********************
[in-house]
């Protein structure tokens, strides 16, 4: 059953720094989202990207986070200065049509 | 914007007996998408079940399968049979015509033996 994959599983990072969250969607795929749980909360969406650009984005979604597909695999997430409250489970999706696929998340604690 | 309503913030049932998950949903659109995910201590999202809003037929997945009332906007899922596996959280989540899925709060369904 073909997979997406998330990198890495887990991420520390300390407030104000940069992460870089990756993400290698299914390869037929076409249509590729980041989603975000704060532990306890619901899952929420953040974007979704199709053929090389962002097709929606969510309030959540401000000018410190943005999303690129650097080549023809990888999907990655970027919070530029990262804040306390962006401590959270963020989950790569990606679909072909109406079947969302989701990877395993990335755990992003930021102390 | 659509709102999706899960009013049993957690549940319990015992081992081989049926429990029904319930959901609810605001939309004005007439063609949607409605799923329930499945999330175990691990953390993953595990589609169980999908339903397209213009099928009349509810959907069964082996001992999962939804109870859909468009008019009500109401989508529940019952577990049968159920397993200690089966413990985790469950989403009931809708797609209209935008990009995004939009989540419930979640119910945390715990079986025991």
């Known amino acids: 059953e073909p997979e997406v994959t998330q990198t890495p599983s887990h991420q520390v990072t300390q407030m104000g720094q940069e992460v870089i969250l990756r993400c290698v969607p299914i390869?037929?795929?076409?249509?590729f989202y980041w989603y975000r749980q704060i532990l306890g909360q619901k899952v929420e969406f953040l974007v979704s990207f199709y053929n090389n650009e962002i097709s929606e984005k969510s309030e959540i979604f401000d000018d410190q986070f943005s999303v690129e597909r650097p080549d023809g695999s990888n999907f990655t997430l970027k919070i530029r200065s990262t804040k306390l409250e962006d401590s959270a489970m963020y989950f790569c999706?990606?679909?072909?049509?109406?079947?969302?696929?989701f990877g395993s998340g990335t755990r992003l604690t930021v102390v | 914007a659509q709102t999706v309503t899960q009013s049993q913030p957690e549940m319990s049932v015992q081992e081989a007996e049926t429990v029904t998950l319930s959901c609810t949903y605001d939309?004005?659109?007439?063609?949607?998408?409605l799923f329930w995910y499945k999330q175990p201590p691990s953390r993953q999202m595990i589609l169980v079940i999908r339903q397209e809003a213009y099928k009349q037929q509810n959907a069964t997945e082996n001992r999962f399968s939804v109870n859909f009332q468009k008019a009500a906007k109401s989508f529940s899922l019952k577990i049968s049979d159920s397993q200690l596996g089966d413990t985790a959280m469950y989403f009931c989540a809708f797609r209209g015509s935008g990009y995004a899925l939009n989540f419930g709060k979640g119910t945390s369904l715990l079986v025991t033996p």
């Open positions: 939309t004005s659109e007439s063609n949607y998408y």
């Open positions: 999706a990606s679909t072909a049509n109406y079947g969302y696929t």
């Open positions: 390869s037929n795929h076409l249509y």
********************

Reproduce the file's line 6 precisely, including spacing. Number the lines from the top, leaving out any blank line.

């Open positions: 390869s037929n795929h076409l249509y």